Thanks again to all of you who contributed to last week’s well-received column on, “Then and Now.” So here’s my two-cents: What went on ‘then’ (the early 1990’s) was a new phenomenon in the commercial real estate industry. Having done workouts of as far back as the late 70’s, I was eager to get involved and fortunately got to in a big way (starting and running a large RTC contractor office) and then as part of a team that worked Midlantic Bank (NJ and now part of PNC) out of a serious non-performing real estate loan portfolio that basically saved the bank (btw, Midlantic had help from what was then called Victor Capital (John Klopp (Capital Trust) and Craig Hatkoff’s consulting group that also included Marc Holliday (now head of the REIT S.L. Green) and Nick Laird, founder of Global Realty Outsourcing)and the legendary David Kaplan. But those problems seem simple compared with what is going on today. This time, it is not the real estate industry that caused the problems, it’ the global economic meltdown (which some finger-pointers suggest was fueled by the infamous sub-prime mortgage market). Well, I’m not a global economist so I don’t really what came first, the chicken or the egg. But here we are in the days, as it were, of stuff that we really don’t understand just yet anyway. We’re dealing in new territories albeit with some prior experience being very relevant today (i.e. the negotiations between borrowers and lenders, the interaction of GPs and LP’s in funds, etc). But as far as I can tell, what is going to happen in the future (short-term for starters) is anyone’s guess. So the difference between then and now is that, well, they’re different because the world is different and we’re different people and there are a lot of folks who are involved now that were not even in the industry then. But that doesn’t mean that they can’t help solve the problems or that they won’t be able to capitalize on the opportunities. However, from what I’m told, while transactions are getting done more and more (all cash, assumable financing) there’s still a ‘fog upon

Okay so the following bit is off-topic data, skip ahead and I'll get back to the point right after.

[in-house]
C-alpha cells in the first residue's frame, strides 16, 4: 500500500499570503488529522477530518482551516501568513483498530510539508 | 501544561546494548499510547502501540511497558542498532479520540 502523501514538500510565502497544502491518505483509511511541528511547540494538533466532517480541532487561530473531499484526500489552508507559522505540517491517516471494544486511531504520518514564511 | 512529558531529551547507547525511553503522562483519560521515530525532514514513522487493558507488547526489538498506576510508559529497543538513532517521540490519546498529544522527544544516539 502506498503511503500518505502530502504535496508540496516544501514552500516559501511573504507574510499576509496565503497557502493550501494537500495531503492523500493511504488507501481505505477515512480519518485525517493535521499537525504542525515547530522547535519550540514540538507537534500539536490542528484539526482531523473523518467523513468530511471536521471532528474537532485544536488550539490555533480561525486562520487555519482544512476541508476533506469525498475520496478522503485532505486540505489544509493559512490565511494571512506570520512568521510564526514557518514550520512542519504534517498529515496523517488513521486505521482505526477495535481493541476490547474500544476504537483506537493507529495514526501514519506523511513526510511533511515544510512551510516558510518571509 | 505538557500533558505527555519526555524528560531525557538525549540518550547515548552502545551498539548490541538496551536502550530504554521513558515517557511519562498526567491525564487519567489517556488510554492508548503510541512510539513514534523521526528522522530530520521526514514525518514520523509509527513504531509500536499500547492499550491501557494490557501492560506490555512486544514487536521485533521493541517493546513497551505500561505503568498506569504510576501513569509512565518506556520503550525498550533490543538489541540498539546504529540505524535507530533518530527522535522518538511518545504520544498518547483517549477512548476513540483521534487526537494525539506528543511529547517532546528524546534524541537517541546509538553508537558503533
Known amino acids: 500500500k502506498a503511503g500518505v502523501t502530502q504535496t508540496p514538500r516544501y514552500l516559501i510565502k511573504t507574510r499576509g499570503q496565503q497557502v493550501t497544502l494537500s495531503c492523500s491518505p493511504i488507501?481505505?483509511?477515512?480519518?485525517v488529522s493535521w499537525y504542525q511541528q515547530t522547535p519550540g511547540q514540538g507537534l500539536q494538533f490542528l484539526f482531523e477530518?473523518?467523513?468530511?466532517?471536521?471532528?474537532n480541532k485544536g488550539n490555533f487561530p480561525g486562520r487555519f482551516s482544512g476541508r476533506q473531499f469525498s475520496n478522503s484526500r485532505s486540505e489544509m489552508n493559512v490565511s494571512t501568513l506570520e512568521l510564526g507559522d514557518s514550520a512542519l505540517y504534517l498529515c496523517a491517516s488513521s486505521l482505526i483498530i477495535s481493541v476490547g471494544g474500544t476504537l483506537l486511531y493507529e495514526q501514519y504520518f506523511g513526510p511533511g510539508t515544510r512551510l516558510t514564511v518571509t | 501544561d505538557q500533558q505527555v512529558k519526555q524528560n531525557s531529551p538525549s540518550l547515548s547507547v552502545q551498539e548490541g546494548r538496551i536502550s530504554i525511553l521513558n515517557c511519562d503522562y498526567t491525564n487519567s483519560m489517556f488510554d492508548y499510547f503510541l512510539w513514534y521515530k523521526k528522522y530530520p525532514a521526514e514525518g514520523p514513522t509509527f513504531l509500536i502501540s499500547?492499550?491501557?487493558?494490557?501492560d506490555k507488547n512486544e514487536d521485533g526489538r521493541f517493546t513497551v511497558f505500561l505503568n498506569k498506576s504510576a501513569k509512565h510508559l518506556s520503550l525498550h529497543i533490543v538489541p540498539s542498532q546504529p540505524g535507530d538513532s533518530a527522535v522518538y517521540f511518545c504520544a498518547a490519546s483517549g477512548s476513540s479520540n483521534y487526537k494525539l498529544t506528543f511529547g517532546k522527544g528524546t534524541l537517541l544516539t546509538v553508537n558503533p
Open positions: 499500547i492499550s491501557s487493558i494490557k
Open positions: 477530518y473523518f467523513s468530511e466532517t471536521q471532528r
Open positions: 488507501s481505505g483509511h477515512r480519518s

The Road Not Taken-Robert Frost
Two roads diverged in a yellow wood,
And sorry I could not travel both
And be one traveler, long I stood
And looked down one as far as I could
To where it bent in the undergrowth.
Then took the other, as just as fair,
And having perhaps the better claim,
Because it was grassy and wanted wear;
Though as for that the passing there
Had worn them really about the same.
And both that morning equally lay
In leaves no step had trodden black.
Oh, I kept the first for another day!
Yet knowing how way leads on to way,
I doubted if I should ever come back.
I shall be telling this with a sigh
Somewhere ages and ages hence:
Two roads diverged in a wood, and I--
I took the one less traveled by,
And that has made all the difference.
A good friend of mine, Gunnar Branson of Branson-Powers in Chicago (innovators of products, markets and processes) sent me an email a couple of weeks ago that said, "Buy this book!" Now, Gunnar is no Abbie Hoffman (of "Steal This Book" fame) but I know he has impeccable taste and I immediately obeyed and ordered the book. I am just about finished with it and I say to you, "Buy this book." It's called 40 Fathers-The Search for Father in Oneself. Just as was done to me, I will say no more.
My disclaimer here: I have not, in all the years I’ve been writing this column, ever looked back to see what I’ve written. With that, there is the risk that I may repeat something I’ve already written but since my memory is not so good for things like that, I just don’t remember. So, for those of you who have been reading this for a while, I apologize in advance if this is a repeat of anything I’ve previously written: